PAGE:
The nice thing about the FV-1 is that the audio DAC, ADC and pot interfaces are part of the chip. Simple and compact. But the Wavefront part is more powerful. I've written some distortion algorithms that use nearly all 1024 words of instruction memory - there's no way I could use the FV-1 for this application (non-linear wave shaping with up/down sampling and tone filtering).
I've made a few of the 10-pin boards shown on the website so far. I'm almost ready to ship five more. Three people have emailed me about them. I've agreed to send them out for free just to get them in peoples hands in order to get some feedback! You can have the other one if you want it. The only downside is that it's taken me a long time to get these done since I'm busy and I don't like soldering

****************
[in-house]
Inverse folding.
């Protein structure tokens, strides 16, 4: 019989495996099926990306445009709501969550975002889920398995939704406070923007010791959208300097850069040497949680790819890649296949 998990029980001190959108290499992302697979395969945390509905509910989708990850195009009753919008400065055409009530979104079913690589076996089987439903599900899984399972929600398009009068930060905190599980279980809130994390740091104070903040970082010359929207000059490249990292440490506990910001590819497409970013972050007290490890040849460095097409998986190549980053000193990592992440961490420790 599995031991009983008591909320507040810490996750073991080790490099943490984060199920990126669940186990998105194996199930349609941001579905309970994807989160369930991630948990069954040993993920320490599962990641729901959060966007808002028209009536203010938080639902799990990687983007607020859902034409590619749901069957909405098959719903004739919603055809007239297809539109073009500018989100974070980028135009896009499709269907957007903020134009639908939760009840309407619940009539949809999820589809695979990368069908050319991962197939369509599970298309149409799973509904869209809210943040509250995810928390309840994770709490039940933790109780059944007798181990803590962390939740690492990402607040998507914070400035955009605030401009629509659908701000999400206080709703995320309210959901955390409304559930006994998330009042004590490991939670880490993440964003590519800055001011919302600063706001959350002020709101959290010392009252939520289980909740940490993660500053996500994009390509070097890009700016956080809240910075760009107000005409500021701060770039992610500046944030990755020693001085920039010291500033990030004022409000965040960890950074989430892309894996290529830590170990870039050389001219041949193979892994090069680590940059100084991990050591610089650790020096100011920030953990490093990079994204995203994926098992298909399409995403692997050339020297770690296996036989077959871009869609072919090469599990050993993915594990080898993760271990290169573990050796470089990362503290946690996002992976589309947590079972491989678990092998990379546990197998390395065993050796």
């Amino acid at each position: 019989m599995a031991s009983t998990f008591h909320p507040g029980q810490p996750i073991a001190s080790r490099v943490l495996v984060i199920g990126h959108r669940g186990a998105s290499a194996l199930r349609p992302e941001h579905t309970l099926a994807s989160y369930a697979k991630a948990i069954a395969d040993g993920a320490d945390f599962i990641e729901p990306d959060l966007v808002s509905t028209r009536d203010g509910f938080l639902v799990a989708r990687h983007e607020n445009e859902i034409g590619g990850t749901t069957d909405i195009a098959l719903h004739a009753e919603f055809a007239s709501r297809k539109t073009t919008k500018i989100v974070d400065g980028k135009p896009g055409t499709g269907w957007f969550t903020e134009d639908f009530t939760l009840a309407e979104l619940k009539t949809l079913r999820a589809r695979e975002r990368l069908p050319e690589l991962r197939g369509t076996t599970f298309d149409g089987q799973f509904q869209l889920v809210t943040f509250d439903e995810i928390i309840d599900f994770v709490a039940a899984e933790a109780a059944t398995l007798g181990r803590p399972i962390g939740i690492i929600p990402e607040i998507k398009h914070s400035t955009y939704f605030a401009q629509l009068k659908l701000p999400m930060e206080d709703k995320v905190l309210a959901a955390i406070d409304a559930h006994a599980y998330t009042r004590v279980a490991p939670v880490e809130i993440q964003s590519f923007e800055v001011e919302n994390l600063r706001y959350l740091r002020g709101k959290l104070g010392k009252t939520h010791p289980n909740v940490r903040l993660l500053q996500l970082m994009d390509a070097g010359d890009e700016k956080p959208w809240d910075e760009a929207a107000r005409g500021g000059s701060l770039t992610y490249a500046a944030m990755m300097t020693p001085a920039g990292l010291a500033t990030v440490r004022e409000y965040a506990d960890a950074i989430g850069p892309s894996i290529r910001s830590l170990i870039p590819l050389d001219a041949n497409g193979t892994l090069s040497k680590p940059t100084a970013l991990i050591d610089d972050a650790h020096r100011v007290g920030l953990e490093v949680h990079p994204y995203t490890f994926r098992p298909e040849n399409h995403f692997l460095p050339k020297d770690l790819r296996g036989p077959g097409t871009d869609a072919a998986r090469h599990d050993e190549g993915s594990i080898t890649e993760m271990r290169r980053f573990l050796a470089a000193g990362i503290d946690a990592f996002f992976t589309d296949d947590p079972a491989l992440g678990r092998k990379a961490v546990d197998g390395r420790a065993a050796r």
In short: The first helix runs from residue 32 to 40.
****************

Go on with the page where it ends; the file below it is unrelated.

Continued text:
If you want it then email me your address and I'll ship it out there.
I should have one more available after that - if someone wants it send me an email.
With the info on the website anyone should be able to build one of these boards but it obviously takes some work (order PCB's and parts, solder, burn firmware, etc). The files are out there. If I had more time I'd build a bunch and start selling them for $30 or so. That was the plan but I haven't been able to scale up to that.
Yes, any USB to serial converter/adapter will work as long as the adapter has a driver that creates a virtual COM port. All board's I've seen use one of three IC's as the USB/Serial converter. Most are either based on an FTDI part (FT232 or similiar) or the CP2101/CP2102. All of these have the appropriate drivers for Windows, Linux and MacOS.
This next rev of the board omits the CODEC so that people can choose their own CODEC and even use up to four CODEC's if desired. It's easier to assemble too. If there's enough demand then I'll build more 10-pin boards that have the WM8731 codec, otherwise I'm going to phase that board out in favor of this 16-PIN DIP board that omits the CODEC. The long term goal is to build these this summer and sell for about $20.